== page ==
Senate Rejects Thune Amendment on Concealed Weapons
The Senate today rejected Sen. John Thune's amendment to the defense spending bill that would allow people with concealed weapons permits in one state to bring them into another state that allows concealed weapons permits. 48 states (all but Illinois and Wisconsin) provide concealed weapons permits.
The measure failed by 2 votes, 58 to 39. (60 votes were needed.) Score one for the gun control lobby. I think the objections to the bill are specious -- and in the case of NY Mayor Michael Bloomberg, verge on hysteria.
"This is about as anti-police, pro-gun trafficker piece of legislation that has ever come before the United States Senate," said New York Mayor Michael Bloomberg Tuesday.
What the law would have provided:
The gun proposal would have made concealed weapons permits from one state valid in other states as long as the person obeys the laws of other states, such as weapons bans in certain localities. It would not have established national standards for concealed weapons permits and would not allow those with permits to carry weapons into Wisconsin and Illinois.
Backers, led by Sen. John Thune, R-S.D., said truckers and others with concealed weapons permits should be able to protect themselves when they cross into other states. Opponents countered that the measure would force states with strict procedures for getting permits to accept permits from states with more lax laws.
As a strong supporter of the individual right to bear arms and the Second Amendment, I'm sorry the amendment was defeated, but I don't think it should have been tagged on to the defense spending bill to begin with. Neither should the hate crimes law have passed this way. Why can't we just have amendments that deal with the topic? And if we're not going to do it that way, why doesn't someone introduce an amendment to the defense spending bill equalizing crack and powder cocaine penalties, which just could pass, since Obama and the DOJ support it? (Update: The House Judiciary Subcommittee on Crime, Terrorism and Homeland Security passed a crack -powder penalty equalization bill today. Details here.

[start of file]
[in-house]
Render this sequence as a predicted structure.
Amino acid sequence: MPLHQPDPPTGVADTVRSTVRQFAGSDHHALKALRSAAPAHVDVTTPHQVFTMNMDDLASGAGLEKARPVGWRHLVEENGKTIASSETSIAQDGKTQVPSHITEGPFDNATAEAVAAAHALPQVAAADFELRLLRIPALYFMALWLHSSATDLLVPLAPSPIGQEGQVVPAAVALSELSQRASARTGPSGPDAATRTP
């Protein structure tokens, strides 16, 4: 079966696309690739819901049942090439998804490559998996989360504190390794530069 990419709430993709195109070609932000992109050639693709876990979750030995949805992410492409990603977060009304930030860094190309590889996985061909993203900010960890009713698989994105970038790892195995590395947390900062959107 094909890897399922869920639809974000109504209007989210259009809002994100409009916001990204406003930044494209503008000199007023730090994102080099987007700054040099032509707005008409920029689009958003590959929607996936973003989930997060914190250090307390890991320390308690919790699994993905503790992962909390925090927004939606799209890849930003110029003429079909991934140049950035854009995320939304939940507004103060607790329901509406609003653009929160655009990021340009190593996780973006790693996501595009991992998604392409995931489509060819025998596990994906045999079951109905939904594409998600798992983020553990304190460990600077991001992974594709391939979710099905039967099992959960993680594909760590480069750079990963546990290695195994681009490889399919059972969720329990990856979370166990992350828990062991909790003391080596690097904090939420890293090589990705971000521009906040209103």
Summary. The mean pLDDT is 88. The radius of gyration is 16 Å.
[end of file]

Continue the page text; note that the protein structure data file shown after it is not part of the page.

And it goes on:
Update: Kudos to Colorado Rep. Mark Udall for supporting the Amendment. His office released this statement (received by e-mail, no link yet):
Since 2003, Colorado has had a relatively relaxed reciprocity statute recognizing the conceal-carry permits of 27 other states. Our experience over the last six years does not lead me to conclude that passage of this amendment would raise the risk of unlawful gun smuggling or other criminal acts. It allows Coloradans to travel elsewhere once they have obtained a concealed permit in our state. It does not encourage irresponsible behavior or absolve anyone from criminal prosecution in Colorado if they use a gun in the commission of a crime.”
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